Columnists

Jim Stanford
Industrial policy, manufacturing employment and the loonie

| June 21, 2013
Industrial policy, manufacturing employment and the loonie

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The Institute for Research on Public Policy has published a very interesting overview study on the resuscitation of "industrial policy" in economic policy circles. It points out that industrial policy levers are used widely by countries around the world -- despite hypothetical efforts (through trade deals and other institutions) to limit their application. The traditional Walrasian critique that government efforts to "pick winners" are wrong-headed and promote inefficient outcomes is holding less sway -- all the more so in light of the deindustrialization, private sector underinvestment, and persistent trade imbalances that seem to be the legacy of Canada's relatively laissez faire approach to industrial policy since the 1988 Canada-U.S. free trade deal. While I don't agree with all of the IRPP report's findings, it is a useful contribution to a debate that needs to happen. Other researchers in Canada are also looking in a more serious and balanced way at this set of issues; I especially follow the work of David Wolfe and Daniel Poon.

In fact, I prefer not to even use the term "industrial policy," which seems to automatically convey images of large-scale "smokestack" industries and large government subsidies. In fact, there are all sorts of sectors which are worthy of a wide range of pro-active interventions by government (not just subsidies) aimed at expanding their relative footprint in a particular jurisdiction. The reason for government getting involved is the important spillovers felt in other areas of the economy (investment, exports, productivity, and incomes) from a stronger domestic presence of desirable tradable industries. This includes high-value tradable services sectors, too (like business services, transportation, tourism, and even specialized public services like higher-level health care and education facilities which provide services to wider populations and hence have similar characteristics to other "export-oriented" sectors). In my work for the Alternative Federal Budget and other outlets on this issue, I have tried to use the term "sector development strategies" rather than industrial policy.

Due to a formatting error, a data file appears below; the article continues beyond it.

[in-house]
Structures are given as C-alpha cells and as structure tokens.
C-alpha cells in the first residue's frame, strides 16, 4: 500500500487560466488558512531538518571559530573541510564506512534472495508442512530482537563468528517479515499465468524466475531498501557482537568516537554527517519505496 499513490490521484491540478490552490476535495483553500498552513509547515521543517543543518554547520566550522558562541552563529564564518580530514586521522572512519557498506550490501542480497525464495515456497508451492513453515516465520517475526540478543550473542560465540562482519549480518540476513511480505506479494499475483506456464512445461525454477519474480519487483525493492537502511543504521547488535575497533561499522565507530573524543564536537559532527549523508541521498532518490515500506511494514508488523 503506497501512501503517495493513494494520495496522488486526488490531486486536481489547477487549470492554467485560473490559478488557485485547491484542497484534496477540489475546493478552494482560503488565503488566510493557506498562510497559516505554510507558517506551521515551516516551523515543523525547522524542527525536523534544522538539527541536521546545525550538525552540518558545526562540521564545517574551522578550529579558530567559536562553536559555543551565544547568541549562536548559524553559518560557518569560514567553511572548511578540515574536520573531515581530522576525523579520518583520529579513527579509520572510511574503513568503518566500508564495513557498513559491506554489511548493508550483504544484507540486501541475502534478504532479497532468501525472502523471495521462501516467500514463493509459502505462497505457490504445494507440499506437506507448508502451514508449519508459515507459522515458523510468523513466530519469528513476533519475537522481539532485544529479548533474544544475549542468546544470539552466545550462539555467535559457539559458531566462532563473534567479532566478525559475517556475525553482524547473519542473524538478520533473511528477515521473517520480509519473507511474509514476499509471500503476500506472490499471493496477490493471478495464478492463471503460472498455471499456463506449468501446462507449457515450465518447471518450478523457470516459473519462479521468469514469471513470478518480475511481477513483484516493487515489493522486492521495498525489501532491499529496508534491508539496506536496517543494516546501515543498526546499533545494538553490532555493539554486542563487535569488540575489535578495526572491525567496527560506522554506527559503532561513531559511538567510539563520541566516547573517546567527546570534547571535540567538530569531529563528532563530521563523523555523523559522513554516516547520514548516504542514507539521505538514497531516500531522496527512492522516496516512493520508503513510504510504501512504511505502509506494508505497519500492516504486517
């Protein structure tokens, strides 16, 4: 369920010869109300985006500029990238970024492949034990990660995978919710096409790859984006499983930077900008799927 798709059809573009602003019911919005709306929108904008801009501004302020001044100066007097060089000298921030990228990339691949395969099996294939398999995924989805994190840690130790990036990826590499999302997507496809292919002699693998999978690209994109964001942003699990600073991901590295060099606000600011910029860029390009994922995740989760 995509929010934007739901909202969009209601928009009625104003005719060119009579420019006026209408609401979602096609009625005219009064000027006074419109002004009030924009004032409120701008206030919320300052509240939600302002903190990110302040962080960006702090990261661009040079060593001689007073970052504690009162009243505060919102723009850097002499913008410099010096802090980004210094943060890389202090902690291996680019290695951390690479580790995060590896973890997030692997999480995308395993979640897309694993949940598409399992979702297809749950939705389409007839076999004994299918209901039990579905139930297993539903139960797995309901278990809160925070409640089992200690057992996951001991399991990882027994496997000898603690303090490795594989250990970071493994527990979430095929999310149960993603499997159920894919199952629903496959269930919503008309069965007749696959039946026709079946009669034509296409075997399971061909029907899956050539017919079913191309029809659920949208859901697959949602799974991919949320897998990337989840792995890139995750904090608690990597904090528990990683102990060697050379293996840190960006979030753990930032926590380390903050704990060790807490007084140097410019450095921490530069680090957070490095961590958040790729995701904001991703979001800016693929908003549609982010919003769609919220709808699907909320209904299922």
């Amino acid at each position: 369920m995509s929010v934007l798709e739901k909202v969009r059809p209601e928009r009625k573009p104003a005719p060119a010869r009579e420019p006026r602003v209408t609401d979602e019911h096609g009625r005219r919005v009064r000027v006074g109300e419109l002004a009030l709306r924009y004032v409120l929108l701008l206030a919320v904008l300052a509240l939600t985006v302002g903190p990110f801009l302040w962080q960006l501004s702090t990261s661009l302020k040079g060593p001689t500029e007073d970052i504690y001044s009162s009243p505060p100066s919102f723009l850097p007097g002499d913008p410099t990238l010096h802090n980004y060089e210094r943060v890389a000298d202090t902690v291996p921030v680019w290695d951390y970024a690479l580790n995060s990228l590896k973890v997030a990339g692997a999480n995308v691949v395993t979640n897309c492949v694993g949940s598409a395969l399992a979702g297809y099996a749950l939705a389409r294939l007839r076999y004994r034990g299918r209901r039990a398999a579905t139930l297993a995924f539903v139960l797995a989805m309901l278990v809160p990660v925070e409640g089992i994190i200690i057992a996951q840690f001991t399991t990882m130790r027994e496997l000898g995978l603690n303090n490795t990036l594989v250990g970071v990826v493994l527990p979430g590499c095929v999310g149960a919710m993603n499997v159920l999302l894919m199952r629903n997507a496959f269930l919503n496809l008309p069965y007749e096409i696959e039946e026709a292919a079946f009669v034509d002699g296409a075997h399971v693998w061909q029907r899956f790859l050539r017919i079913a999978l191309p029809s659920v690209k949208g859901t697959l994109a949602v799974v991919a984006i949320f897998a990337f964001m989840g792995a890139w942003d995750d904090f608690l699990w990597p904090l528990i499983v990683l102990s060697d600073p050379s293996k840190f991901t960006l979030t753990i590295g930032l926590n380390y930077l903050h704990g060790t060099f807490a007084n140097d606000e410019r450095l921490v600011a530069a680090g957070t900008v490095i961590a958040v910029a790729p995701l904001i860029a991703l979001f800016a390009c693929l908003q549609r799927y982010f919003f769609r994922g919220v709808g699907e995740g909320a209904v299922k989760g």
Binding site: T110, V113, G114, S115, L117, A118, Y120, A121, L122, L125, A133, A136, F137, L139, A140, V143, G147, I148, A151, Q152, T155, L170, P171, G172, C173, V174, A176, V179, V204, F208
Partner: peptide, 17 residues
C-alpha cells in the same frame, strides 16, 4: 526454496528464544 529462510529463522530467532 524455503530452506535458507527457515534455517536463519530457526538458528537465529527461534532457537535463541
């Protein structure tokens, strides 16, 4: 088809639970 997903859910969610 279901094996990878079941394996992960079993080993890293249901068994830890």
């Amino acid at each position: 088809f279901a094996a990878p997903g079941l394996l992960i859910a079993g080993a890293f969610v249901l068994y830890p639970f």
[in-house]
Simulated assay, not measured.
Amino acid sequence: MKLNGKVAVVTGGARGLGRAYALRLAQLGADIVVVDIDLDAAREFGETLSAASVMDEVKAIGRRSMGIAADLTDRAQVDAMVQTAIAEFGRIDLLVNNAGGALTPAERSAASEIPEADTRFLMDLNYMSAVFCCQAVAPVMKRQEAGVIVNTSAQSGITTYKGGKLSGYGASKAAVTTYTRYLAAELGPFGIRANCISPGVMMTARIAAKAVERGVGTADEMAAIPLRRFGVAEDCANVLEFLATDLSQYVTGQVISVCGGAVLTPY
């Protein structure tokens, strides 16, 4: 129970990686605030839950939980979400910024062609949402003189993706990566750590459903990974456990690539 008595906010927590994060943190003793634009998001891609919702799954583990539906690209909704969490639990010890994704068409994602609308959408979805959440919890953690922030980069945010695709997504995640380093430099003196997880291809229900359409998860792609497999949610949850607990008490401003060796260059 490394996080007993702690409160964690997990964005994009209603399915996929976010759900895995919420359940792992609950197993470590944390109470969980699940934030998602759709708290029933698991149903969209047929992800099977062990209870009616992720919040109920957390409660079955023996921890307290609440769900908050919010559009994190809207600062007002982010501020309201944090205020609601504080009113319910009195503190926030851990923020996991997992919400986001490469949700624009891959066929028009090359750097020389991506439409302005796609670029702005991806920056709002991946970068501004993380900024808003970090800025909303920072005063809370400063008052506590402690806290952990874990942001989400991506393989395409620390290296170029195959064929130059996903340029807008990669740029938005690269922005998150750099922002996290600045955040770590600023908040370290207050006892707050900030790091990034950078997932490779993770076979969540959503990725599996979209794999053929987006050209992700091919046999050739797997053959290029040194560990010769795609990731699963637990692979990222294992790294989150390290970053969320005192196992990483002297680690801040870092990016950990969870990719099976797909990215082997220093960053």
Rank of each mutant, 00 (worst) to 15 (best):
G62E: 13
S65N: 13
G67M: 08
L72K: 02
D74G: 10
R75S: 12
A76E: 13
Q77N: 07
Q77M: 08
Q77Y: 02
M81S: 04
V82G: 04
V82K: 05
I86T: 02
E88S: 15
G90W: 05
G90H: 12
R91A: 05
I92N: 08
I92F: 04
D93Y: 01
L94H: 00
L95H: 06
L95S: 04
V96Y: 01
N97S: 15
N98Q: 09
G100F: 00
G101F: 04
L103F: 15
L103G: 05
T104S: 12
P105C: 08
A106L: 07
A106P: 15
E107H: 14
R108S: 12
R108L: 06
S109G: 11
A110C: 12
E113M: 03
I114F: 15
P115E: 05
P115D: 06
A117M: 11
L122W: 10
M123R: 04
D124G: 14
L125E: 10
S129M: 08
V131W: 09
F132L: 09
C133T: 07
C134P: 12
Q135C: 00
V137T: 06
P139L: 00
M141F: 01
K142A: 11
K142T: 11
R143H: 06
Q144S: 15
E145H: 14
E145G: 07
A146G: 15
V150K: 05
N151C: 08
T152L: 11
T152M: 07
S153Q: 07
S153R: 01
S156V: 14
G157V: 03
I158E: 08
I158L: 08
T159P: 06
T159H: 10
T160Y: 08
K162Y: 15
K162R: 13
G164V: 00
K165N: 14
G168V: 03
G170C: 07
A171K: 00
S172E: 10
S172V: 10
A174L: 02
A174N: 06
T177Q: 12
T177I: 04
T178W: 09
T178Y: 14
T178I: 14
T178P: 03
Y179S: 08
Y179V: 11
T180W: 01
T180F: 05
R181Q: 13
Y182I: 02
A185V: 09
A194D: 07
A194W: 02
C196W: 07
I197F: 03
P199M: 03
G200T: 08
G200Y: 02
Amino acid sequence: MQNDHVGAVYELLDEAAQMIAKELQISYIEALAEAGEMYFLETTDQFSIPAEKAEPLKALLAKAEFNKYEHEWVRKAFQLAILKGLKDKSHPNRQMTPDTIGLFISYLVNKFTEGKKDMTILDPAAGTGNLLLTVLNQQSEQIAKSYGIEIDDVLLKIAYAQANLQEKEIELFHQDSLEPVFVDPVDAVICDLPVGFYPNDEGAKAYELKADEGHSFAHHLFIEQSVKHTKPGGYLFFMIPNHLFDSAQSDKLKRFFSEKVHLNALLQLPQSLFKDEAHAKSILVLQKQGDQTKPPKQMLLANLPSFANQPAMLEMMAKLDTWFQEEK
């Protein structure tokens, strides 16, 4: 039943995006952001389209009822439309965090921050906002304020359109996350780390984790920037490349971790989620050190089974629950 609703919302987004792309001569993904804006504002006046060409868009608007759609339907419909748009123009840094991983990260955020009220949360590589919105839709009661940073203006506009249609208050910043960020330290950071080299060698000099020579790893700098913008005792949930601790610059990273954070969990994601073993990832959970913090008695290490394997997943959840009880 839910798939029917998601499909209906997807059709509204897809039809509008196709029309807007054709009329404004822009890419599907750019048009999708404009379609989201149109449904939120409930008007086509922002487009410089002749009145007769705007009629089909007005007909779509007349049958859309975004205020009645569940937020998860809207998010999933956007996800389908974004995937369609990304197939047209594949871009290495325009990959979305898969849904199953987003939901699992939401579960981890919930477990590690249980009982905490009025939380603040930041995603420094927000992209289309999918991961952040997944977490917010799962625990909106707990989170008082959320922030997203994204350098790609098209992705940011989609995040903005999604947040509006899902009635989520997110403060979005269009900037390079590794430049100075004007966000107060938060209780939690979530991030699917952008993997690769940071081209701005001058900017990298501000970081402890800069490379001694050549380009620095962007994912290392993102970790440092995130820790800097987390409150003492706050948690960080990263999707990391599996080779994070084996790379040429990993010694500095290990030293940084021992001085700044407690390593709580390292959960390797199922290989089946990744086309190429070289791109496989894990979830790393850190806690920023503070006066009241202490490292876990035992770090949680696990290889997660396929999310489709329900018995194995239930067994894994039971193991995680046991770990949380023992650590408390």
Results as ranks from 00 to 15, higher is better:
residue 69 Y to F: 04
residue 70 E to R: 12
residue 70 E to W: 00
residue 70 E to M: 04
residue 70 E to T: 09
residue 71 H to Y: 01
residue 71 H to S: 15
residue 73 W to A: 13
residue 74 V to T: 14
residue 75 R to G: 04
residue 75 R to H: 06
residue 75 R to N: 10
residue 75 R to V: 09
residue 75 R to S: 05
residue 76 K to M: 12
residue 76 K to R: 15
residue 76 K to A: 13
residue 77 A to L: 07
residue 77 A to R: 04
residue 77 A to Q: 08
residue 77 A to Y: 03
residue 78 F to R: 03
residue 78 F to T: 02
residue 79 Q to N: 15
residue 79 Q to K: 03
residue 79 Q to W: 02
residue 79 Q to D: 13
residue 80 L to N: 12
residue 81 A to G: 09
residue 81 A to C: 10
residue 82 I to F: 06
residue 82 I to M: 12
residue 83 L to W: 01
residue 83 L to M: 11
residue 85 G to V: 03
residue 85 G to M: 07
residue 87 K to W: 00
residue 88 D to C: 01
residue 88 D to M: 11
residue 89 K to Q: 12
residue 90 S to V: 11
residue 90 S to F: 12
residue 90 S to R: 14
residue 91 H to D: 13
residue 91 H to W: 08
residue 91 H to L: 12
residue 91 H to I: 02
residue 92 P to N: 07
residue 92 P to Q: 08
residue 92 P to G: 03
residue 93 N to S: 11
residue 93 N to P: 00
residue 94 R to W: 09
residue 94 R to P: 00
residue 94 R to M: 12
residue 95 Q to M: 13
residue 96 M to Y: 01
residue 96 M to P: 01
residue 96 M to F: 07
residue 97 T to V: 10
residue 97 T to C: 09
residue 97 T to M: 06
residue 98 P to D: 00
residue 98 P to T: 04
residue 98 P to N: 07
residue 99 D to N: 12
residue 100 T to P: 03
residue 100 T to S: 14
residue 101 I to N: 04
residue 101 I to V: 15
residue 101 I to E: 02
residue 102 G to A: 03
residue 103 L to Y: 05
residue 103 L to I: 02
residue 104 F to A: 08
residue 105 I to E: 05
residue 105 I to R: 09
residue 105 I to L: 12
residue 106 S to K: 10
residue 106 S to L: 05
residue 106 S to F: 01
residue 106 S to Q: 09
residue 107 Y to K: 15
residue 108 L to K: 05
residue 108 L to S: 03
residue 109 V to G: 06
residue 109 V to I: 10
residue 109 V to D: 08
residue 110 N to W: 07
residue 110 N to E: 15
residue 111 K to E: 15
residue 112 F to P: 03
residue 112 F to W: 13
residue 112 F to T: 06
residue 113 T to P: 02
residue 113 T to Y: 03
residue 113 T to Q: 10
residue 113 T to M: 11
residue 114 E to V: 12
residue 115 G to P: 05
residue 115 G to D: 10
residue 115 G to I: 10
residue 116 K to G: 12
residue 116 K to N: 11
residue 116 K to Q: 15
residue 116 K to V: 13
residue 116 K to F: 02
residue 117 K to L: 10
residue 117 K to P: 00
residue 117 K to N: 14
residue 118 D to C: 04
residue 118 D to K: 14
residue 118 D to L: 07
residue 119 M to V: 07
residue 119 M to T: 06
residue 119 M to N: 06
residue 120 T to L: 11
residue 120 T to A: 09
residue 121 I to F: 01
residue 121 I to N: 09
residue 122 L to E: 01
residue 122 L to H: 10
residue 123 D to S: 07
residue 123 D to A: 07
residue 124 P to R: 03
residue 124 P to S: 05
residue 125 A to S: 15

Another counter-argument to pro-active sector strategies is the claim that manufacturing employment is declining universally, so there is no point trying to stand in the way of it. There are indeed strong reasons why manufacturing tends to account for a smaller share of total employment over time: faster-than-average productivity growth, a gradual shift of demand to services (due to a higher income elasticity of demand), and others. But those trends don't explain why manufacturing output should shrink in absolute terms (as it has in Canada since 2006). And it is clear that Canada's share of manufacturing has shrunk markedly over the last decade -- relative to global manufacturing output, and relative to our own purchases of manufactured goods. For example, Canada's trade balance in manufactured products deteriorated from approximate balance a decade ago, to a large and chronic deficit of around $100 billion per year today. By this measure, Canada's deindustrialization during the high-loonie era has been uniquely dramatic (and painful), and cannot be attributed to a universal trend.

More evidence on this score is provided by the above graph, which plots manufacturing employment as a share of total employment in Canada and the U.S. During the low-dollar 1990s, Canada created manufacturing jobs slightly faster than the growth in the overall labour market (while the U.S. was deindustrializing). Since 2002, however, when the global commodities boom (and foreign investors' hunger for Canadian petroleum assets) took off and the dollar appreciated, Canada has lost manufacturing jobs (relative to total employment) almost twice as fast as the U.S.

And compared to some other OECD countries, our relative share of manufacturing employment (now just above 10 per cent) is low. Manufacturing accounts for 20 per cent of employment in Germany, and 17 per cent in both Japan and Korea. These countries also face the same "inexorable" trends in manufacturing employment as Canada, and the same pressure from low-cost emerging exporters -- yet they have managed to hang onto a higher proportionate share of these high-productivity, high-income jobs.

I think the strategic importance of manufacturing (and other high-value, export-oriented, innovation-intensive sectors) is coming to be better appreciated by policy-makers who were unduly influenced by the "hands-off" arguments of recent decades. Hence this is a fruitful time for progressives to be fleshing out our arguments for the sorts of sector strategies that could play an important role in coming years.

Jim Stanford is an economist with CAW.